Entertainment culture and well being in recreational green space

Seeland, K. & R. Woehr, 2005, Entertainment culture and well being in recreational green space, in: Gallis, C.T., ‘Forests, trees, and human health and well-being’, Siokis, Thessaloniki

  • Author : Seeland, K. & R. Woehr
  • Year : 2005
  • Published in Book : Forests, trees, and human health and well-being
  • Pages : 125-137
  • Abstract in English : An empirical survey among 145 visitors of an arboretum on the Isle of Mainau in the Lake of Constance (Germany) analyzed the potential of small life music performances in recreation green spaces in 2002. Its purpose was to define whether this kind of entertainment culture is welcome, accepted or disliked by what kind of visitors. The leading research question was whether cultural services can contribute to such an upgrading at all and if so, what kind of services are received well and are their others that might not matter at all or are even disliked in this context. The perception and acceptance of entertaining events in the arboretum was remarkably positive with an average of 40 visitors at each performance. To combine the beauty of the arboretum with its old trees and inviting lawns with music performances was widely perceived as a success and an upgrading of the location. This green space was put more into focus and the visitor’s attention was draw to a previously less prominent part of the island being an underrated attraction among others. Due to the music performances it was perceived as an area of meditation and a recreational green space with new appeal. Well being, health and recreation in green spaces in combination with related entertainment services have become an amalgam of what modern and modern citizens seem to expect from urban green spaces. The intensification of sensual perceptions in green spaces contributes to well being of green space users. There is a significant preference for small scale music performances. Green spaces as recreational power spaces may not only be used in leisure parks and add to the attractiveness of green space in general. They could also be used for therapeutic purposes. A combination of art and a feeling to be in green spaces could b e used more purposively in healing gardens, where healing landscapes or garden-scapes go along with and are supported by music therapy.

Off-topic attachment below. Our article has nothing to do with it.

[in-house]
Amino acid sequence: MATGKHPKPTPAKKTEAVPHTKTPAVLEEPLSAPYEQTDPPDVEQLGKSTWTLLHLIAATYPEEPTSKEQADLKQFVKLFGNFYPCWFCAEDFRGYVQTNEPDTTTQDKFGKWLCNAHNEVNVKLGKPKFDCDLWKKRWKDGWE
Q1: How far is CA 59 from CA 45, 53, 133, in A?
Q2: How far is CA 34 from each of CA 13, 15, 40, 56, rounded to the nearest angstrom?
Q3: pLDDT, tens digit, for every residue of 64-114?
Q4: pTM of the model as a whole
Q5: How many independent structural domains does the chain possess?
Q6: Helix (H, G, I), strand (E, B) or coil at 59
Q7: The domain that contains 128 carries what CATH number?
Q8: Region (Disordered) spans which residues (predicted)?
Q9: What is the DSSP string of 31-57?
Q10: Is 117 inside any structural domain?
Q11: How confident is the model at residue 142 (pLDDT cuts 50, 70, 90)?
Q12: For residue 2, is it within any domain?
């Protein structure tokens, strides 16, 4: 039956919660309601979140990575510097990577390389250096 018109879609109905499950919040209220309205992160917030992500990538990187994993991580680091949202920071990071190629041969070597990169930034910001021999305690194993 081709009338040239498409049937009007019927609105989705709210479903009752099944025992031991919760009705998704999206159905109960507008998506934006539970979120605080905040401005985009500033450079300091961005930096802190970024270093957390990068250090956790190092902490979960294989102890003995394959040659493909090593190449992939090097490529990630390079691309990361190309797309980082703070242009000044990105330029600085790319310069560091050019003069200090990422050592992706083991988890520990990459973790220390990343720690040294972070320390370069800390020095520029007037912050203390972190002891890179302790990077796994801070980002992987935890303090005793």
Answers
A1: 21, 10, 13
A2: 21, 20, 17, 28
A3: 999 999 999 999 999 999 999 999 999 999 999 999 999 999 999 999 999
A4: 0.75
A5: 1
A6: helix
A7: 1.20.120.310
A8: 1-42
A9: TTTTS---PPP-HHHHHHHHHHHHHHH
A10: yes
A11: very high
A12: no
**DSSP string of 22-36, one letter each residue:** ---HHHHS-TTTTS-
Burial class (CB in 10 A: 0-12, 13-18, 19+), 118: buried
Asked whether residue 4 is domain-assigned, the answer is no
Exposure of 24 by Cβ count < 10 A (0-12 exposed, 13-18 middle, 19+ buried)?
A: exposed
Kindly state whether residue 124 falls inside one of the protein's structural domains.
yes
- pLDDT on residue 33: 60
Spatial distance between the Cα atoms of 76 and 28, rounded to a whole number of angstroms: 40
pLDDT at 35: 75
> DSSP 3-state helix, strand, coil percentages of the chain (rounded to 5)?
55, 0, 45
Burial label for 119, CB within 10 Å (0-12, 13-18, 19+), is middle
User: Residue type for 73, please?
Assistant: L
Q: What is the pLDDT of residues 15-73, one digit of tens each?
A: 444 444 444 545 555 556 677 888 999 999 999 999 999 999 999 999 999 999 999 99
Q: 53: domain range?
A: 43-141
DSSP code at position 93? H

• Comments/Notes : KEYWORDS: entertainment, music, arboretum, recreation, therapy, healing landscapes.